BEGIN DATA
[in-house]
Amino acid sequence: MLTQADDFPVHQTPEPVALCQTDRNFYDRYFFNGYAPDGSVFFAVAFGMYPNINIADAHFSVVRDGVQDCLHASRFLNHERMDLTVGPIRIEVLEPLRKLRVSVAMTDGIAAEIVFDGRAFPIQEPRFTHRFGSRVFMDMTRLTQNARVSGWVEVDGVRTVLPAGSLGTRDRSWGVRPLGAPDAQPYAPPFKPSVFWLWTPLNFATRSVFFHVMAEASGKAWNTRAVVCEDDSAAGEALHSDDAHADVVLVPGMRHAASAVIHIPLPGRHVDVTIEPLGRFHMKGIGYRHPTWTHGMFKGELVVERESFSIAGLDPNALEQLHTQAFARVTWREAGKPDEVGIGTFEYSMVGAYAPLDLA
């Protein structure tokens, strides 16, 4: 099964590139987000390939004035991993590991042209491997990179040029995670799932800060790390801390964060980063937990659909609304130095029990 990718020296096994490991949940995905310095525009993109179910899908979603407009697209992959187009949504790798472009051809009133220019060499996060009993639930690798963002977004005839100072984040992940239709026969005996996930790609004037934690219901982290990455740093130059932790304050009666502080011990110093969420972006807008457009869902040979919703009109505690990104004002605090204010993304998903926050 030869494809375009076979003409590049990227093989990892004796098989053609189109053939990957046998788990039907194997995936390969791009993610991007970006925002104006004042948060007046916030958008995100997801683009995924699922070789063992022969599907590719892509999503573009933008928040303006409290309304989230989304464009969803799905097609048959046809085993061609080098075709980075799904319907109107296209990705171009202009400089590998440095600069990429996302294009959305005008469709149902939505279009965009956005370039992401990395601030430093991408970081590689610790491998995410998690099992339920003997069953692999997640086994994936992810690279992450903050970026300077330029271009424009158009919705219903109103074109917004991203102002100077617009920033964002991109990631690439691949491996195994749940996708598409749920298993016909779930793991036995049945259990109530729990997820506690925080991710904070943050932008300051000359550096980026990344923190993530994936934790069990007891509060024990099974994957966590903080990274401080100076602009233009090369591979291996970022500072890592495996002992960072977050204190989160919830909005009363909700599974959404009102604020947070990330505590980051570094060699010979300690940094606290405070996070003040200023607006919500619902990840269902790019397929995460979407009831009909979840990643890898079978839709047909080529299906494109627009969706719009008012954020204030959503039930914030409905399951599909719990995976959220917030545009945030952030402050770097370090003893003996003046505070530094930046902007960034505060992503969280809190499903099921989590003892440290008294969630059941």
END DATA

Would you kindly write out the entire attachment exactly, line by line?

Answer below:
[in-house]
Amino acid sequence: MLTQADDFPVHQTPEPVALCQTDRNFYDRYFFNGYAPDGSVFFAVAFGMYPNINIADAHFSVVRDGVQDCLHASRFLNHERMDLTVGPIRIEVLEPLRKLRVSVAMTDGIAAEIVFDGRAFPIQEPRFTHRFGSRVFMDMTRLTQNARVSGWVEVDGVRTVLPAGSLGTRDRSWGVRPLGAPDAQPYAPPFKPSVFWLWTPLNFATRSVFFHVMAEASGKAWNTRAVVCEDDSAAGEALHSDDAHADVVLVPGMRHAASAVIHIPLPGRHVDVTIEPLGRFHMKGIGYRHPTWTHGMFKGELVVERESFSIAGLDPNALEQLHTQAFARVTWREAGKPDEVGIGTFEYSMVGAYAPLDLA
């Protein structure tokens, strides 16, 4: 099964590139987000390939004035991993590991042209491997990179040029995670799932800060790390801390964060980063937990659909609304130095029990 990718020296096994490991949940995905310095525009993109179910899908979603407009697209992959187009949504790798472009051809009133220019060499996060009993639930690798963002977004005839100072984040992940239709026969005996996930790609004037934690219901982290990455740093130059932790304050009666502080011990110093969420972006807008457009869902040979919703009109505690990104004002605090204010993304998903926050 030869494809375009076979003409590049990227093989990892004796098989053609189109053939990957046998788990039907194997995936390969791009993610991007970006925002104006004042948060007046916030958008995100997801683009995924699922070789063992022969599907590719892509999503573009933008928040303006409290309304989230989304464009969803799905097609048959046809085993061609080098075709980075799904319907109107296209990705171009202009400089590998440095600069990429996302294009959305005008469709149902939505279009965009956005370039992401990395601030430093991408970081590689610790491998995410998690099992339920003997069953692999997640086994994936992810690279992450903050970026300077330029271009424009158009919705219903109103074109917004991203102002100077617009920033964002991109990631690439691949491996195994749940996708598409749920298993016909779930793991036995049945259990109530729990997820506690925080991710904070943050932008300051000359550096980026990344923190993530994936934790069990007891509060024990099974994957966590903080990274401080100076602009233009090369591979291996970022500072890592495996002992960072977050204190989160919830909005009363909700599974959404009102604020947070990330505590980051570094060699010979300690940094606290405070996070003040200023607006919500619902990840269902790019397929995460979407009831009909979840990643890898079978839709047909080529299906494109627009969706719009008012954020204030959503039930914030409905399951599909719990995976959220917030545009945030952030402050770097370090003893003996003046505070530094930046902007960034505060992503969280809190499903099921989590003892440290008294969630059941």